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Original Article

Comparison of traditional and modern deficit irrigation techniques in corn cultivation using treated municipal wastewater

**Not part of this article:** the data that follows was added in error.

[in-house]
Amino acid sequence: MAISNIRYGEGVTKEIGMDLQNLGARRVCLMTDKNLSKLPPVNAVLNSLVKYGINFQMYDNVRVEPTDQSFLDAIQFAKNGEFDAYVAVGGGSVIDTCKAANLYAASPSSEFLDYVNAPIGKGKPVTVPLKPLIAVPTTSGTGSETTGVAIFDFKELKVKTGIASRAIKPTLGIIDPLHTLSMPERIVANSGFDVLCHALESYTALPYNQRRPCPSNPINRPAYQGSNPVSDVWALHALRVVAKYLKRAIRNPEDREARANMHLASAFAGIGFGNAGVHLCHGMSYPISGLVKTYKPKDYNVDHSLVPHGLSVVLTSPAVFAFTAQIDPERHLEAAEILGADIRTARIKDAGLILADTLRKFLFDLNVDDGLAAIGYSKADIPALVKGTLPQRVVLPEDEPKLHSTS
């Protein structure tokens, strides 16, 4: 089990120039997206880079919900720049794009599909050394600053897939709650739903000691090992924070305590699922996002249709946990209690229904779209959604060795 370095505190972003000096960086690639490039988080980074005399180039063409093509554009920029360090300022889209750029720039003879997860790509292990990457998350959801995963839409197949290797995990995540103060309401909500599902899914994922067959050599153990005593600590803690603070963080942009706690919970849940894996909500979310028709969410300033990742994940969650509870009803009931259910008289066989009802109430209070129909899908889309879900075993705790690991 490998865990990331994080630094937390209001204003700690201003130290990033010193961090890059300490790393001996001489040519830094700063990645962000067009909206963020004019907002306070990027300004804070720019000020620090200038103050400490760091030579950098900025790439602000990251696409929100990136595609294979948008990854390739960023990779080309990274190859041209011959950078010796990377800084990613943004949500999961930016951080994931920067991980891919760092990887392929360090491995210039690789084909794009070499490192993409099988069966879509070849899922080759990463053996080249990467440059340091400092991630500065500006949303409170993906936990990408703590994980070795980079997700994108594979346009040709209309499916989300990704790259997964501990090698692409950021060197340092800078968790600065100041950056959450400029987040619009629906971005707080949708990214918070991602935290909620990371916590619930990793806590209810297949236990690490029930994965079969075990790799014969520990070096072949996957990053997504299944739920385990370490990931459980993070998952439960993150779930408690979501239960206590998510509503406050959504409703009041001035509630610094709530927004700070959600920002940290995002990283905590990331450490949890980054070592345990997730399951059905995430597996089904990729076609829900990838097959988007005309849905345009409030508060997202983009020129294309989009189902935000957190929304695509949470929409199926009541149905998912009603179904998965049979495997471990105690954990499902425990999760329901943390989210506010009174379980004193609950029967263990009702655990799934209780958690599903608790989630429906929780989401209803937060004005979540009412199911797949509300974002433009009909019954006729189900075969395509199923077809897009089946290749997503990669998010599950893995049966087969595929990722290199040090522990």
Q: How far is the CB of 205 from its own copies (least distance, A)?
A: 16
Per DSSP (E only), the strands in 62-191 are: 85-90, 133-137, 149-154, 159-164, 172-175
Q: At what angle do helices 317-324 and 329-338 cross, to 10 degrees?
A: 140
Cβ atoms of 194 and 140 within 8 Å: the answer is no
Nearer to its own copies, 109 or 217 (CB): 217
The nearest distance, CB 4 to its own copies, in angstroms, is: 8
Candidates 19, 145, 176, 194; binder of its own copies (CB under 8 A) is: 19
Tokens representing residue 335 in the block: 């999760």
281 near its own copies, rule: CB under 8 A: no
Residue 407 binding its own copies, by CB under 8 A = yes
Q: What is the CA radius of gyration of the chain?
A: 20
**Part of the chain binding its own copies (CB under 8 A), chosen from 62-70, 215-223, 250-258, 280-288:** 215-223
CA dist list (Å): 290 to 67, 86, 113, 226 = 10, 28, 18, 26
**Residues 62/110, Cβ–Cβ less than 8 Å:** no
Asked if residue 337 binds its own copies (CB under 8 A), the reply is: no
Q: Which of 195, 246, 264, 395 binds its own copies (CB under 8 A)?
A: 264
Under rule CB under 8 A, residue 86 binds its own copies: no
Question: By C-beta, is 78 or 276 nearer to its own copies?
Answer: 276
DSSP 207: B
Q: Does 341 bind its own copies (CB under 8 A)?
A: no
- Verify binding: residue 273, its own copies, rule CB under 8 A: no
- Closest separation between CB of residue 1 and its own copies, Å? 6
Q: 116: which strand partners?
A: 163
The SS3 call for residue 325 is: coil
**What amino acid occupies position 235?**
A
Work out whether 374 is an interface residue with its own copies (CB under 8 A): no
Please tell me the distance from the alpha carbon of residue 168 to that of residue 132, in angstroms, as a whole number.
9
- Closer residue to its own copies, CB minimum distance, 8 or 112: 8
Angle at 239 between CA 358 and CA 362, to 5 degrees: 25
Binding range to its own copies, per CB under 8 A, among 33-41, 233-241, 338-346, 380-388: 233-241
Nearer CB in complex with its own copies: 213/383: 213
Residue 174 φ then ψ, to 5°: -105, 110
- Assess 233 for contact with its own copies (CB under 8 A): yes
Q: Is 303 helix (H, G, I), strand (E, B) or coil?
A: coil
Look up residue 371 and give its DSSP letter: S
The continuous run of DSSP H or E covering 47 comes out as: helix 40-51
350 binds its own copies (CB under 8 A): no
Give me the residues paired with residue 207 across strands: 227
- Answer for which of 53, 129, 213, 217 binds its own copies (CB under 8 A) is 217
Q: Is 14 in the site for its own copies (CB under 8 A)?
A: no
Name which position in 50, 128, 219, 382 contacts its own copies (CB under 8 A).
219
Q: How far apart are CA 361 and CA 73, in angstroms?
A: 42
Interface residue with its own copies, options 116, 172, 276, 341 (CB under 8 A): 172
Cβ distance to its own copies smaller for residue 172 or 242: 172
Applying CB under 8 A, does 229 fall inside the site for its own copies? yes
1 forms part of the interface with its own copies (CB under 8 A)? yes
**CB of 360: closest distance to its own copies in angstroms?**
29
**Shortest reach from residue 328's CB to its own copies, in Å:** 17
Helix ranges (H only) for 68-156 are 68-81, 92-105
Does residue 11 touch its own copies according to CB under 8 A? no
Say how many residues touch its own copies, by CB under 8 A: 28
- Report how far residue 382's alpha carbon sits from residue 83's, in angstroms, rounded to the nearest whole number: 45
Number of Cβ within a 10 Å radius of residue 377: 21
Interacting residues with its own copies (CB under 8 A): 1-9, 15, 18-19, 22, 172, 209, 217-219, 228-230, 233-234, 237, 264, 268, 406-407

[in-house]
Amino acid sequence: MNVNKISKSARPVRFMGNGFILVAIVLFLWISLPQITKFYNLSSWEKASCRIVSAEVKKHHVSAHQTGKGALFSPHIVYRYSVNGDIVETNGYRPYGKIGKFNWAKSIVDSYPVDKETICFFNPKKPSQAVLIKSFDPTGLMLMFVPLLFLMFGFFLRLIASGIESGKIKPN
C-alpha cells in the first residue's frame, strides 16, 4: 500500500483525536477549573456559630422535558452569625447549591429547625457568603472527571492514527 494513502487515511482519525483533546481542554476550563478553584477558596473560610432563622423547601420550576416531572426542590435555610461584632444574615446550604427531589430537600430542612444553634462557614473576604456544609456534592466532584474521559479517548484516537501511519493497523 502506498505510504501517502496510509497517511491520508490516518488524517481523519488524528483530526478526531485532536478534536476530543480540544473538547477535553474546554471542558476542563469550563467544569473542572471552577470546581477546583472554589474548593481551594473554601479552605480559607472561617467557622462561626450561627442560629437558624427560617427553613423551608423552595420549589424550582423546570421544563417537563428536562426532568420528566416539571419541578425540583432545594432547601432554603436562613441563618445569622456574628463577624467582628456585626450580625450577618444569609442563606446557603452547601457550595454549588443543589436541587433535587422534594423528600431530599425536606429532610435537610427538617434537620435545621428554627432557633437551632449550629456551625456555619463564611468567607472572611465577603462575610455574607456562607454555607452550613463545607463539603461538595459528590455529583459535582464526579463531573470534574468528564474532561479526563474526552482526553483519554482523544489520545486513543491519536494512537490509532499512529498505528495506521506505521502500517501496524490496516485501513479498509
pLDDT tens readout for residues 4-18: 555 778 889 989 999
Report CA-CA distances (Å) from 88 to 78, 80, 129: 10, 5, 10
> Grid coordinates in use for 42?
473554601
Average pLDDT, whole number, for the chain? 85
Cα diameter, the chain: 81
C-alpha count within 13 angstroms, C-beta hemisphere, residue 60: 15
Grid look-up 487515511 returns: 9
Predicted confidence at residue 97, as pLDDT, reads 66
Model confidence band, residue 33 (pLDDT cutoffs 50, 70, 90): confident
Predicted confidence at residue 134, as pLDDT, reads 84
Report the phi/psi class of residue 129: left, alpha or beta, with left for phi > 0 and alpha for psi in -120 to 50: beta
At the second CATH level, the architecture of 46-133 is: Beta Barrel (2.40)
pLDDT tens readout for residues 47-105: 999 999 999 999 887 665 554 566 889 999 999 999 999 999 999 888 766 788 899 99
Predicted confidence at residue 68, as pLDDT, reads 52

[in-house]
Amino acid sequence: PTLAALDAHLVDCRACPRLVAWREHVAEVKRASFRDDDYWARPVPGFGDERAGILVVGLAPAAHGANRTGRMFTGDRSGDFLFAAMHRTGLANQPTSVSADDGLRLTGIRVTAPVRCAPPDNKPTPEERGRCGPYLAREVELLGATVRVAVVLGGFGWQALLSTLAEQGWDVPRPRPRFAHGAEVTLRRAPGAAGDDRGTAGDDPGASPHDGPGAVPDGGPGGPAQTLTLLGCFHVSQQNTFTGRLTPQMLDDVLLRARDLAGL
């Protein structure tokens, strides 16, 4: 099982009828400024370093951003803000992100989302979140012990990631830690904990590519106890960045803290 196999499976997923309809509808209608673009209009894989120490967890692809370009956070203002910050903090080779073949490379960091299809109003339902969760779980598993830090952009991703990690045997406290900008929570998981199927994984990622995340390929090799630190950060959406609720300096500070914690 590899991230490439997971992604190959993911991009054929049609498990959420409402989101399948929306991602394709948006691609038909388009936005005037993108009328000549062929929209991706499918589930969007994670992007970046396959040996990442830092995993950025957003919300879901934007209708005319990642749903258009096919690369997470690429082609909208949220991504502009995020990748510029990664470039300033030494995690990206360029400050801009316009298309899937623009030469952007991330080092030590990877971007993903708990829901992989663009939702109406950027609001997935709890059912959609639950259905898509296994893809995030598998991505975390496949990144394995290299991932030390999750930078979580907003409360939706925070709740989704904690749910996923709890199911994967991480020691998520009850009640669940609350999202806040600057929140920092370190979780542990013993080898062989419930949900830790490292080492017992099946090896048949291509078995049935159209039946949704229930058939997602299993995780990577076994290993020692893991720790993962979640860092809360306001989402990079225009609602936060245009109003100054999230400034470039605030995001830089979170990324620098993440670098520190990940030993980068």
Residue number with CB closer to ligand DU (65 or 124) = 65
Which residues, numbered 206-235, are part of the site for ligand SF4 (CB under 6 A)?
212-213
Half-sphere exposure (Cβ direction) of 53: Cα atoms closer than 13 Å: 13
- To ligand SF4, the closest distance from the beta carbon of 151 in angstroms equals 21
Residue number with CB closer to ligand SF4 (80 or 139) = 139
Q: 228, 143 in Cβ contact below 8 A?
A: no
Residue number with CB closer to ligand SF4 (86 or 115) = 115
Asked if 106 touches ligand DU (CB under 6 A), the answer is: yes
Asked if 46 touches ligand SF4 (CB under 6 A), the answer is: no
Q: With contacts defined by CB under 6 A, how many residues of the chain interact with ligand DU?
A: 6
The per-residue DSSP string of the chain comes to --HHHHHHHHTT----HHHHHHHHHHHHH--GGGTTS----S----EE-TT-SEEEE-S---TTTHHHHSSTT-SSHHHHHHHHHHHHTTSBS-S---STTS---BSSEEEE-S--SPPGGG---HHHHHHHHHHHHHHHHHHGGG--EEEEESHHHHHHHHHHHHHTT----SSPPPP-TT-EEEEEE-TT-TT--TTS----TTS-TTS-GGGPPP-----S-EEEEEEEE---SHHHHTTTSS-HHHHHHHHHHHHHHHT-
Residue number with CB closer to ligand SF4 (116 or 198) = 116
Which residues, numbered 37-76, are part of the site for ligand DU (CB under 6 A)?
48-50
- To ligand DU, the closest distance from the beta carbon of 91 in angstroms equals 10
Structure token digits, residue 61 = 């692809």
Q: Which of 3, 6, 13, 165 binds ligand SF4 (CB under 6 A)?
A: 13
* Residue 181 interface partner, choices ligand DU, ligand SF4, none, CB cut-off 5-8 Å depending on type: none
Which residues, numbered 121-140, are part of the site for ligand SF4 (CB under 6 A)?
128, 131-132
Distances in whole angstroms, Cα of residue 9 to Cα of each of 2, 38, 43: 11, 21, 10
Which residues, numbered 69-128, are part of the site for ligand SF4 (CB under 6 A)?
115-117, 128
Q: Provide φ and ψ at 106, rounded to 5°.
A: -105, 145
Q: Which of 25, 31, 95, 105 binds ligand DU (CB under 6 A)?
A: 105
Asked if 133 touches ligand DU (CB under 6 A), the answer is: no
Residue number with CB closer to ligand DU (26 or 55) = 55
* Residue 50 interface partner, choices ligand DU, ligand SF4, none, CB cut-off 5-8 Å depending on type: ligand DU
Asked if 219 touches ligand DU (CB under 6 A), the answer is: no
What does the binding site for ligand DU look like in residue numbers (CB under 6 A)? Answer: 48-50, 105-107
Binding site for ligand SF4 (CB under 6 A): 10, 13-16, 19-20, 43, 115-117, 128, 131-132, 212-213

Purpose Declining water resources, increasing drought period and increasing irrigated area cause a shift to deficit irrigated production which is not based on full water requirement. This study was conducted to investigate the impacts of two different deficit irrigation methods, including traditional deficit irrigation (TDI) and partial root-zone drying (PRD) on water use efficiency (WUE) in corn cultivations located at the lands close to the Shahrekord wastewater treatment plant. Methods A factorial design was employed, consisted of fifteen treatments and three replications. The first factor was three water applications, including 60, 80 and 100 (control) percent of plant water requirement. The second factor was three water sources, including 100% fresh water (FW), 50% water and 50% wastewater (5050), 100% wastewater (WW). T-Tape irrigation type system was used for irrigation of corn (Zea mays L.). The third factor was water management in three levels: full irrigation (FI), PRD and TDI. Results The result showed that dry and fresh weight, leaf area index (LAI), dry biomass percentage and WUE were affected by water requirement at 5% probability level expect of height plant that is affected at 1% probability level. Water quality was affected on all the study indicators of corn plant expect of WUE. WUE among PRD by deficit irrigation treatments were higher than TDI and it was the minimum in FI. The dry and wet weight and LAI were maximum at FI and then PDR80 than TDI80. The height of corn plants were high at FI and TDI80 than PRD80. Conclusion Finally, wastewater application in treatment named 5050-PRD80 and 5050-TDI80 compensated water deficit in WUE, LAI and dry biomass percentage. PRD method recognized more suitable than TDI for corn plants.